I’m not a doctor so I am not going to pass judgement on the age at which young players should be throwing a curve ball. I’m sure that the proper age varies based on many factors including the mechanics and the maturity of the pitcher.
One thing that is for sure, however. Kids are going to throw curve balls so why not teach them the proper way to do it.
Here’s some tips on what to teach.
The Curve Ball Grip
- There are several grips to throw a curve ball, but all keep the middle finger and thumb on the seams.
- All of the pressure is with the middle finger and the thumb.
- The pointer finger does not give any pressure and is merely used as a guider.
- The pointer finger and the middle finger should be close together.
- The grip should be further back in the hand than a fastball, but likely not as far back in the hand as a changeup.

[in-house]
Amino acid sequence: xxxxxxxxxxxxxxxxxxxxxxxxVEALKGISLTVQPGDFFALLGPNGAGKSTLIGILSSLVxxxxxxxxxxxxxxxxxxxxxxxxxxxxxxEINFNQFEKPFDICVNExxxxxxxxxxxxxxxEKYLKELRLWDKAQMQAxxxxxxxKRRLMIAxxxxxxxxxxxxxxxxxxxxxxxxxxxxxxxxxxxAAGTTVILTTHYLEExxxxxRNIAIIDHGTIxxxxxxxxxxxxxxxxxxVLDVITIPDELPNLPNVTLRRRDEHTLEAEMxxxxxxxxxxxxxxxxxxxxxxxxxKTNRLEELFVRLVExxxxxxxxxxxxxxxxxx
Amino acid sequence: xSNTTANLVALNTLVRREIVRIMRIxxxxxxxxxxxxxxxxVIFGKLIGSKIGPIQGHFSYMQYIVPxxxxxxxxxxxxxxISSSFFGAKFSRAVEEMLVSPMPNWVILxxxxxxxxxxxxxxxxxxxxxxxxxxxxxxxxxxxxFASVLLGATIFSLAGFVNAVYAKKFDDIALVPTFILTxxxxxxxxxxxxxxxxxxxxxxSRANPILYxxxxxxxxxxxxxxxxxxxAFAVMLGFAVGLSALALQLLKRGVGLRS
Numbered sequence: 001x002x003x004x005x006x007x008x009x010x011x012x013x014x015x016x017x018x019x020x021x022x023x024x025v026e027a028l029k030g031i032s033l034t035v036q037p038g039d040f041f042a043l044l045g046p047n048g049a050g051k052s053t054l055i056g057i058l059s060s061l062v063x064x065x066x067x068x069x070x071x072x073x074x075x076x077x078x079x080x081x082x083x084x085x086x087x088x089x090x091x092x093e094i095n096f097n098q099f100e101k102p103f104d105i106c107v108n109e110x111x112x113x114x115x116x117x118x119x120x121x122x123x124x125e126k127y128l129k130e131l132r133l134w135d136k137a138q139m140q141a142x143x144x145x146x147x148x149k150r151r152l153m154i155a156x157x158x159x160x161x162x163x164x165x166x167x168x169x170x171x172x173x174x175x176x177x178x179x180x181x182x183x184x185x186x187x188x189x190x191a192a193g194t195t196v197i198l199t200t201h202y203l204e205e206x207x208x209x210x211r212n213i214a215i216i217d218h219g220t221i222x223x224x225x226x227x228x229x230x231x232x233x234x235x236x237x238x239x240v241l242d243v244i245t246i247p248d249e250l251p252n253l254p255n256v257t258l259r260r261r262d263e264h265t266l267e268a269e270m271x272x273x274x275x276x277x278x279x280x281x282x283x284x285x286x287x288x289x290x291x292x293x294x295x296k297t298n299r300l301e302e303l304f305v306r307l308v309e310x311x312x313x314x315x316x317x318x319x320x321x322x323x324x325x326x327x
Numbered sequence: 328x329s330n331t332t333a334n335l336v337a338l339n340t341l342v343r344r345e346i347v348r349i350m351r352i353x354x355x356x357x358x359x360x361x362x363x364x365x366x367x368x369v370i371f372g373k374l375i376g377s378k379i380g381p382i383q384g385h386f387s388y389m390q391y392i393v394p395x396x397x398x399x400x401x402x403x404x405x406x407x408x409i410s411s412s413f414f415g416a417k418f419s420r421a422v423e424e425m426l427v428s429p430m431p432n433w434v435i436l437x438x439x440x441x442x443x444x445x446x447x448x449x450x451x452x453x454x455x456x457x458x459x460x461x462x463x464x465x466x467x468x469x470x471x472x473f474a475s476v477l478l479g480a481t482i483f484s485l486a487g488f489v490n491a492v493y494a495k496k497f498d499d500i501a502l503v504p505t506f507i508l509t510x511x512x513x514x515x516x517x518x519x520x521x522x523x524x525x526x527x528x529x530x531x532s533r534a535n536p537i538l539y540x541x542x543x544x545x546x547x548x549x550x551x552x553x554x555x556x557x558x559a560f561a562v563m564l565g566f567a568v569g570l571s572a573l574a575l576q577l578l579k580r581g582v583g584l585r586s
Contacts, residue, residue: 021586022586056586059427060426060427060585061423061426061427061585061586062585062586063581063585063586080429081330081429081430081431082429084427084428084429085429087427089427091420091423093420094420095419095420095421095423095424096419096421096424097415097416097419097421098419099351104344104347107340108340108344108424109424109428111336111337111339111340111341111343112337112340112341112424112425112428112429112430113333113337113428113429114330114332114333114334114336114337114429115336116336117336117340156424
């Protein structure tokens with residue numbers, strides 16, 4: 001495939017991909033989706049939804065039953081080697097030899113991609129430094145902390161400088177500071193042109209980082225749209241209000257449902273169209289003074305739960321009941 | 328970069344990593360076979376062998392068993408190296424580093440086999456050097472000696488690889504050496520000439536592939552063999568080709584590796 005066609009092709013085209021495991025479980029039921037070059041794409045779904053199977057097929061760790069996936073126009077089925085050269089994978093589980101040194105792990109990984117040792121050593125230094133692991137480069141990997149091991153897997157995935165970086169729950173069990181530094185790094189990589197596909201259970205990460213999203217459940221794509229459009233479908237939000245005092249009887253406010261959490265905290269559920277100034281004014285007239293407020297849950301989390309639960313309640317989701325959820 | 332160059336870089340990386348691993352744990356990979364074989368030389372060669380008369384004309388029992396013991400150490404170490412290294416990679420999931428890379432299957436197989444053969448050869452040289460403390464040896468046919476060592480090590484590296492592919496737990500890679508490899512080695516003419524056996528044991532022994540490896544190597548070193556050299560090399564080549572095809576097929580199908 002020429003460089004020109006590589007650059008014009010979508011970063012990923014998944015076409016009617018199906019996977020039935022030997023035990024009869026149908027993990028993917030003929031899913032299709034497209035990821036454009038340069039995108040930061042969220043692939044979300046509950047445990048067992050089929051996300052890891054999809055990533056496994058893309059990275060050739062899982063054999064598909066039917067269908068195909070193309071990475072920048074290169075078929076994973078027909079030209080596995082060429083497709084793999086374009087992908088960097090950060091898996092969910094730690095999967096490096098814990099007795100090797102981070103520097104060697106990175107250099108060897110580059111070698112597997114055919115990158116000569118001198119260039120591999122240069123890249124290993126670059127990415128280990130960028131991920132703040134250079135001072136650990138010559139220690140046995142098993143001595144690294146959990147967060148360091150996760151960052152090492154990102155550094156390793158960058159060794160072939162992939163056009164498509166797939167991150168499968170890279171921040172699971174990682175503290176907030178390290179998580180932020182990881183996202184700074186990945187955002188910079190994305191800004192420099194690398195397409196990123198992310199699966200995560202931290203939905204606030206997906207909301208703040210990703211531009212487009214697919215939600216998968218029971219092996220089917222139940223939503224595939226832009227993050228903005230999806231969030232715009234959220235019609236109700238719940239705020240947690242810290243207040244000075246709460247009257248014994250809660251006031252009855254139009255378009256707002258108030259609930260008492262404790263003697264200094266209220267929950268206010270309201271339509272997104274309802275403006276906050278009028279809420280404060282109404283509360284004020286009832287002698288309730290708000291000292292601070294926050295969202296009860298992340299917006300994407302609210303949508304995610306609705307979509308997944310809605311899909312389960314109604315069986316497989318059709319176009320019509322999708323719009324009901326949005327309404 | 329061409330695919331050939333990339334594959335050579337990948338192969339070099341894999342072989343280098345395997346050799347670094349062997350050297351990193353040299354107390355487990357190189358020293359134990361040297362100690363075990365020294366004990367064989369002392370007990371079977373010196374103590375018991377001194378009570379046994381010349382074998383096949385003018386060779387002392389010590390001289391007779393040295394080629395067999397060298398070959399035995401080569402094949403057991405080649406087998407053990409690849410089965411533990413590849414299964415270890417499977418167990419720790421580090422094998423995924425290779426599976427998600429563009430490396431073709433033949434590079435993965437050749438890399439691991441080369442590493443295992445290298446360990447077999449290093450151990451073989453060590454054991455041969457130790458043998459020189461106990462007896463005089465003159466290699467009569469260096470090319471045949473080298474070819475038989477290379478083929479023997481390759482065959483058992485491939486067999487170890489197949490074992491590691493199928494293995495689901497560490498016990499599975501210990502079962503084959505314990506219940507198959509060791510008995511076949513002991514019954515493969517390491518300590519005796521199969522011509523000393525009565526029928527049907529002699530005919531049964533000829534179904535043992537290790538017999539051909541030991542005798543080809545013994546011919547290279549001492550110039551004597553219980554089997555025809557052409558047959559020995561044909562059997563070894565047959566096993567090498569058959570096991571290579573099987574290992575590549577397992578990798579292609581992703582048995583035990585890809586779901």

Arm Position on Curve Ball
- Teach that the arm position on a curve is exactly the same as a fastball up until the position where the hand reaches the ear of the pitcher.
- At the top of the motion, the wrist wraps the ball and the wrist is facing the ear of the pitcher.
- Be sure that the elbow is higher than the shoulder on a curve ball. This will create maximum break downward. If the curve ball is thrown from the 3/4 arm angle, the ball will tend to break more horizontally across the strike zone which is not preferable to a 12-6 curve ball with downward bite.
Wrist Action on Curve Ball
- On a fastball, the wrist is facing the catcher once it reaches the top of the arm point; on a curve the wrist is facing the head of the pitcher.
- Twisting the wrist in the fashion of twisting a door knob is not necessary. Rather, the pitcher snaps the wrist downward while spinning the thumb upward to create maximum spin.
- The wrist should never be in the position of being parallel to the sky similar to screwing in a light bulb. This is what causes elbow injury.
Follow Through on a Curve Ball
- The release point on a curve ball is at the front of the bill of the cap.
- The pitcher’s arm actually accelerates from the top of the throw through the follow through.
- The follow through should end higher than a fastball, at about the upper leg of the pitcher’s opposite side.